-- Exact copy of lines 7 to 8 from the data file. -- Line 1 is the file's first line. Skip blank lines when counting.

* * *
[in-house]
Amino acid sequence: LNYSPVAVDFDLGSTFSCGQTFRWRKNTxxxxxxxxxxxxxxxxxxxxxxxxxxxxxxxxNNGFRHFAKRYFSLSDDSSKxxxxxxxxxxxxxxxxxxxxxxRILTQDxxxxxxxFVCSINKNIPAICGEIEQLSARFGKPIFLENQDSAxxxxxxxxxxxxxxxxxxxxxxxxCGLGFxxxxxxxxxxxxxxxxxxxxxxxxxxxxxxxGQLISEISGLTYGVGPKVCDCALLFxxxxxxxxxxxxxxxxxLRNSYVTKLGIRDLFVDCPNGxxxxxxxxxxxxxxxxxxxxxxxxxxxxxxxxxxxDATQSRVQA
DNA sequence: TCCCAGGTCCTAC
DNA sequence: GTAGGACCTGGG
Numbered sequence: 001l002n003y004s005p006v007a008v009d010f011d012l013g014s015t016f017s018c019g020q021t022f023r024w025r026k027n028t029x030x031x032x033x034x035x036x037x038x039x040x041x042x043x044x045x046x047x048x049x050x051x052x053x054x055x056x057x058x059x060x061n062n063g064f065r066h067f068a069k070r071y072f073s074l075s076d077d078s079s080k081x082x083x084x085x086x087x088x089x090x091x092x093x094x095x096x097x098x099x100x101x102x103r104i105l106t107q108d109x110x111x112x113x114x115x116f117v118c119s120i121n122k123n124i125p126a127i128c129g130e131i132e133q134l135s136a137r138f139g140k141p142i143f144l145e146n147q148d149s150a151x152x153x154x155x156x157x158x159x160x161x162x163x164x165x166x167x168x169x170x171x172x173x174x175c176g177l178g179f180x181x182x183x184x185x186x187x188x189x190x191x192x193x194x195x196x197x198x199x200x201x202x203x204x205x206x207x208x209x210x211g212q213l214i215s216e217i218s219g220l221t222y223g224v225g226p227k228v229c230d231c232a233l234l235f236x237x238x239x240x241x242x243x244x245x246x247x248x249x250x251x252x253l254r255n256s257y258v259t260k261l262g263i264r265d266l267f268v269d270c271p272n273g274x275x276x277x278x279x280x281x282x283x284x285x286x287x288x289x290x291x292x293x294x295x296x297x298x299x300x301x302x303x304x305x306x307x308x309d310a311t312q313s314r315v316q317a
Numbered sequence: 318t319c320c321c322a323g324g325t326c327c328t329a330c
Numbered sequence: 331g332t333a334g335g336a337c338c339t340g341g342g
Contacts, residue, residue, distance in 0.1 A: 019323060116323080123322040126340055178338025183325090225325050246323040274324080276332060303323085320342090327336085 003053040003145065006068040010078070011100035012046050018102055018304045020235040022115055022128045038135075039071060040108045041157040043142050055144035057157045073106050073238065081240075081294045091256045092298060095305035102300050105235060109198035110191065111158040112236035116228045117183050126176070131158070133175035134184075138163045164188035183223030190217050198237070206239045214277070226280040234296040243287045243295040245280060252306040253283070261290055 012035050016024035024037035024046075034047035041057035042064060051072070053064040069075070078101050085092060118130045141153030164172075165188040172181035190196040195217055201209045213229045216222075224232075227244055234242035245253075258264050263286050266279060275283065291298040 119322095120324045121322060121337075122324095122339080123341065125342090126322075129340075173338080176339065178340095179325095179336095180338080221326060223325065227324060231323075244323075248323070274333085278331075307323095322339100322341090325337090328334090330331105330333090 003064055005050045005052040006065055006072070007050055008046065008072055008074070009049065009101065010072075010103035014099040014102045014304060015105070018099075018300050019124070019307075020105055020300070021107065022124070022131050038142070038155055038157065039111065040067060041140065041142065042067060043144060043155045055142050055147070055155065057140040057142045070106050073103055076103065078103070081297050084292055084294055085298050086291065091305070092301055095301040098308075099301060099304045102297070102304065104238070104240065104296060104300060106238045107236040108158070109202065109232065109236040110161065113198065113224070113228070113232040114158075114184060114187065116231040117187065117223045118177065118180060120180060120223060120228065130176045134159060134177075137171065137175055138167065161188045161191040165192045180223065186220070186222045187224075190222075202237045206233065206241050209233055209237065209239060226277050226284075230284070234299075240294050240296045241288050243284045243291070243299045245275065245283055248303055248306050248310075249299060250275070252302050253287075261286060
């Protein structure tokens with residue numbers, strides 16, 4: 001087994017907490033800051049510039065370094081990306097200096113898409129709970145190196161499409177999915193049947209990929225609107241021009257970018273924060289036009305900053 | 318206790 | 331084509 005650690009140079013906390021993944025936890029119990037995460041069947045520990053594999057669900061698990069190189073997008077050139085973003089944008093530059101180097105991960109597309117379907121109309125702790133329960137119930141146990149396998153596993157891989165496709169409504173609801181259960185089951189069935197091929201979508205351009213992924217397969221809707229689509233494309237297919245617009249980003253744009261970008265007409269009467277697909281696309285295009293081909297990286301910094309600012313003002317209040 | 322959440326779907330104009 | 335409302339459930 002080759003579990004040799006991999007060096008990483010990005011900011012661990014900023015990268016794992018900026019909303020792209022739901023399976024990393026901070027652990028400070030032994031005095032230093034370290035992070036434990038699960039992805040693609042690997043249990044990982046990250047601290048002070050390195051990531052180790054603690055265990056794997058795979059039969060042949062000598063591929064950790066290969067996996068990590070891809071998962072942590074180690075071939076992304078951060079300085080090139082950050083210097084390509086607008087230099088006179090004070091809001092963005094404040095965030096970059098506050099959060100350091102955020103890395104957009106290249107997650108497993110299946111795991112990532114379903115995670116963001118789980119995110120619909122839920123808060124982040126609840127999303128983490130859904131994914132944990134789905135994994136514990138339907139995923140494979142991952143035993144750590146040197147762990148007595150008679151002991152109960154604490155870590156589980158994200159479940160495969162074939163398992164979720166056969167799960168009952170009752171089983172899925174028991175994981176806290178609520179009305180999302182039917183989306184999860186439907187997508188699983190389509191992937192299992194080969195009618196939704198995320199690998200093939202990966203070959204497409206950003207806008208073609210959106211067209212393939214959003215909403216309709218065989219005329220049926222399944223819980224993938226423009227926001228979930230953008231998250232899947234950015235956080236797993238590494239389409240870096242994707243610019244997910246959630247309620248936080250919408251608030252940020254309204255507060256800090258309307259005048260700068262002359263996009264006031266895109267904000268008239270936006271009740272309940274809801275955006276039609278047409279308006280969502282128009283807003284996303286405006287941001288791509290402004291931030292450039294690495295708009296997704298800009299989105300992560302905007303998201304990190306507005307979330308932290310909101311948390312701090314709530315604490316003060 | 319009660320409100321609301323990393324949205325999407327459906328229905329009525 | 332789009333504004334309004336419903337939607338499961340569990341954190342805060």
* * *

Numbered sequence: 331g332t333a334g335g336a337c338c339t340g341g342g
Contacts, residue, residue, distance in 0.1 A: 019323060116323080123322040126340055178338025183325090225325050246323040274324080276332060303323085320342090327336085 003053040003145065006068040010078070011100035012046050018102055018304045020235040022115055022128045038135075039071060040108045041157040043142050055144035057157045073106050073238065081240075081294045091256045092298060095305035102300050105235060109198035110191065111158040112236035116228045117183050126176070131158070133175035134184075138163045164188035183223030190217050198237070206239045214277070226280040234296040243287045243295040245280060252306040253283070261290055 012035050016024035024037035024046075034047035041057035042064060051072070053064040069075070078101050085092060118130045141153030164172075165188040172181035190196040195217055201209045213229045216222075224232075227244055234242035245253075258264050263286050266279060275283065291298040 119322095120324045121322060121337075122324095122339080123341065125342090126322075129340075173338080176339065178340095179325095179336095180338080221326060223325065227324060231323075244323075248323070274333085278331075307323095322339100322341090325337090328334090330331105330333090 003064055005050045005052040006065055006072070007050055008046065008072055008074070009049065009101065010072075010103035014099040014102045014304060015105070018099075018300050019124070019307075020105055020300070021107065022124070022131050038142070038155055038157065039111065040067060041140065041142065042067060043144060043155045055142050055147070055155065057140040057142045070106050073103055076103065078103070081297050084292055084294055085298050086291065091305070092301055095301040098308075099301060099304045102297070102304065104238070104240065104296060104300060106238045107236040108158070109202065109232065109236040110161065113198065113224070113228070113232040114158075114184060114187065116231040117187065117223045118177065118180060120180060120223060120228065130176045134159060134177075137171065137175055138167065161188045161191040165192045180223065186220070186222045187224075190222075202237045206233065206241050209233055209237065209239060226277050226284075230284070234299075240294050240296045241288050243284045243291070243299045245275065245283055248303055248306050248310075249299060250275070252302050253287075261286060